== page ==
Highlighting Dates on a WPF Calendar Control


Any time I’m using GUI frameworks, I run into a control that I thought for sure the developers would have put a little more thought into. We’ve all experienced it, that one control that we just can’t customize as much as we would like. In my world, for WinForms, it was the hideous TabControl. For WPF, it’s the Calendar control.

The Problem

The Calendar control is beautiful and performant, but highly inflexible. I searched the Internet for days looking for a way to highlight (not select!) significant dates. There were plenty of workarounds, all of which took far too many lines of codes for such a simple task. I also looked into alternative libraries, which possibly may have been more flexible but were unsightly, Windows 95-looking flops (see: Syncfusion CalendarEdit). In a last-ditch effort I thought I’d roll my own; just override the control and add the functionality myself. However, thanks to everything being marked private or internal there are some functions within the control I don’t have access to outside of Microsoft’s assembly. Okay, so change it! After all, Microsoft publishes its Reference Source. Oh wait, that’s right; it’s reference source, so it would be illegal to modify and redistribute a part of the .NET framework that hasn’t been open-sourced yet.

At this point I would normally give up or switch frameworks. I’ve been on a Qt binge lately. Thankfully I didn’t, and this post documents my approach.

The Solution

Like most complex controls, the Calendar control is a collection of simpler controls, in this case the CalendarDayButton control. Microsoft could have made it easy and just given us a getter for the days, but for some reason decided not to (or overlooked this entirely), which doesn’t make much sense to me as the CalendarDayButton class is even thoroughly documented, so why not make it easy for us to use it in standard controls?! Regardless, the first task is to somehow gain access to those day classes from the parent calendar.

Well, being controls, they have events; and XAML for whatever reason seems to have access to those events that my code-behind doesn’t. Since every control (that I know of) has a Loaded event, we can hook up an event handler for every CalendarDayButton that gets created.

<Calendar x:Name="calendar">
    <Calendar.CalendarDayButtonStyle>
        <Style TargetType="CalendarDayButton" BasedOn="{StaticResource {x:Type CalendarDayButton}}">
            <EventSetter Event="Loaded" Handler="calendarButton_Loaded" />
        </Style>
    </Calendar.CalendarDayButtonStyle>
</Calendar>

In the calendarButton_Loaded event we can finally get access to that pesky, elusive CalendarDayButton object via the sender. We can also obtain the date the CalendarDayButton refers to. According to the Reference Source, the DateTime object that represents the date of the button is assigned to the button’s DataContext. Using this, we can determine if we’re highlighting the date. In this example I create a collection of “significant dates” of type List<DateTime> in the window’s Loaded event and search it, determining which color to make the button.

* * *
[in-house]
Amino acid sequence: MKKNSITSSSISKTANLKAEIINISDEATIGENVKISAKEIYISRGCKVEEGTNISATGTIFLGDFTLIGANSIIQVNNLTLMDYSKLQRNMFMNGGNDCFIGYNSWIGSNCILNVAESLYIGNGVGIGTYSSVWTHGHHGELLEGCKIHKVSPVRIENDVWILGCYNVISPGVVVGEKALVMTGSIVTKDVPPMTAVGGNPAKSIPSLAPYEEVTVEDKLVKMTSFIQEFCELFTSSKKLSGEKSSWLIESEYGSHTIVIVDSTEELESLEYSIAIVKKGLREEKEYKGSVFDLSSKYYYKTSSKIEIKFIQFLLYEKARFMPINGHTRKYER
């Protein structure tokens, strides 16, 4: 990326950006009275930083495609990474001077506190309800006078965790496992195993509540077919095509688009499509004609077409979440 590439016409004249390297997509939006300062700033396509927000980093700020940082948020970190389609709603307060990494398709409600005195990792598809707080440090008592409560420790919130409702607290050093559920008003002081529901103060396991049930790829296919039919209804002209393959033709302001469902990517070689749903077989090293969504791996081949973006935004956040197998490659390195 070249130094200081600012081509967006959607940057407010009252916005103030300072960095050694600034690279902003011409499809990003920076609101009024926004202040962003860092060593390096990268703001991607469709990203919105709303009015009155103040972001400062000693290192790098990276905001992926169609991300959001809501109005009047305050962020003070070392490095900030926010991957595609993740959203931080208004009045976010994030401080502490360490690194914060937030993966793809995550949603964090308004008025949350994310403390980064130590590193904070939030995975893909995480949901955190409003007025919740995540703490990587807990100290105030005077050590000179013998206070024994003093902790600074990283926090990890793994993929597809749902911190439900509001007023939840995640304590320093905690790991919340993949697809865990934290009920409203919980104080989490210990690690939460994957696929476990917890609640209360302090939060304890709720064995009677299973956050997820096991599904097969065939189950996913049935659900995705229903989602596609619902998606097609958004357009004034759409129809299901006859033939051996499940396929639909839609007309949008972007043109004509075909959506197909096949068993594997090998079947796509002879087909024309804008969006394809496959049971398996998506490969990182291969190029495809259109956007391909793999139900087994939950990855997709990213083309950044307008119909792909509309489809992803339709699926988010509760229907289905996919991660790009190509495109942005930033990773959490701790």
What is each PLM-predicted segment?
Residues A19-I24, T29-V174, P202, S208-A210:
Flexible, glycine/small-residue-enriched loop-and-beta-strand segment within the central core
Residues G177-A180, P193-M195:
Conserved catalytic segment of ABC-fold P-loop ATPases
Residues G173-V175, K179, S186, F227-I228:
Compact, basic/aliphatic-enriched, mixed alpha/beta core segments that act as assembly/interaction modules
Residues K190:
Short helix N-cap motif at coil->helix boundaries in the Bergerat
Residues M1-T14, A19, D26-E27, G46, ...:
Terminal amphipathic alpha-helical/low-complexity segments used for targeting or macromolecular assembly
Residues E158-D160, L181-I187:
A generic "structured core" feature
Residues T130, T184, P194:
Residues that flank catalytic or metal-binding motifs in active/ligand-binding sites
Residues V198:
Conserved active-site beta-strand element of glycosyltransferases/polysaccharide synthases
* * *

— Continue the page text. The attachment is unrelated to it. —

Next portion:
private void calendarButton_Loaded(object sender, EventArgs e)
{
    CalendarDayButton button = (CalendarDayButton)sender;
    DateTime date = (DateTime)button.DataContext;
    HighlightDay(button, date);
    button.DataContextChanged += new DependencyPropertyChangedEventHandler(calendarButton_DataContextChanged);
}

private void HighlightDay(CalendarDayButton button, DateTime date)
{
    if (significantDates.Contains(date))
        button.Background = Brushes.LightBlue;
    else
        button.Background = Brushes.White;
}

Notice above that I also attach a handler to the button’s DataContextChanged event. This will allow us to update the highlighting when the user changes months (which makes all of the buttons’ dates change, rendering the highlighting incorrect). We need this since the Loaded event never gets called again.

private void calendarButton_DataContextChanged(object sender, DependencyPropertyChangedEventArgs e)
{
    CalendarDayButton button = (CalendarDayButton)sender;
    DateTime date = (DateTime)button.DataContext;
    HighlightDay(button, date);
}

And that’s it, enjoy your snazzy new highlighted calendar!

C# Highlighted Calendar

Things get a little complicated when combining this with the built-in highlighting for the current day (as you can see, today, November 6, is missing because the text is white), but I’ll leave that to you to figure out if you need to; maybe even leave a comment describing how you did it. 😉 Feel free to view or download the full source below.


One response on “Highlighting Dates on a WPF Calendar Control

  1. Instead of making the background white, you can make it null:

    if (significantDates.Contains(date))
    {
    button.Background = Brushes.PaleVioletRed;
    button.ToolTip = “Missing timesheet record!”;
    }
    else
    {
    button.Background = null;
    button.ToolTip = null;
    }

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